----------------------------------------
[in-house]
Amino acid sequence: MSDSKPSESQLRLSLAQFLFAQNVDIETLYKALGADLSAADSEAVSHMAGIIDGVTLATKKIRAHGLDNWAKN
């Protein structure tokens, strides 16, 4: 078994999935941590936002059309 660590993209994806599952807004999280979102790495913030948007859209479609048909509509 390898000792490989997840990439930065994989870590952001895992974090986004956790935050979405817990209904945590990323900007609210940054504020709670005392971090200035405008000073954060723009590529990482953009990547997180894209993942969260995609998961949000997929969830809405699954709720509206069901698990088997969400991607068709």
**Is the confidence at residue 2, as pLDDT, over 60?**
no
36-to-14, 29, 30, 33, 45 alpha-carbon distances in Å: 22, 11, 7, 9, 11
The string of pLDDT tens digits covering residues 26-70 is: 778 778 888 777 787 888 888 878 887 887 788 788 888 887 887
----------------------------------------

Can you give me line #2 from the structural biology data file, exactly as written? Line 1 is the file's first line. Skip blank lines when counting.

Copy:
Amino acid sequence: MSDSKPSESQLRLSLAQFLFAQNVDIETLYKALGADLSAADSEAVSHMAGIIDGVTLATKKIRAHGLDNWAKN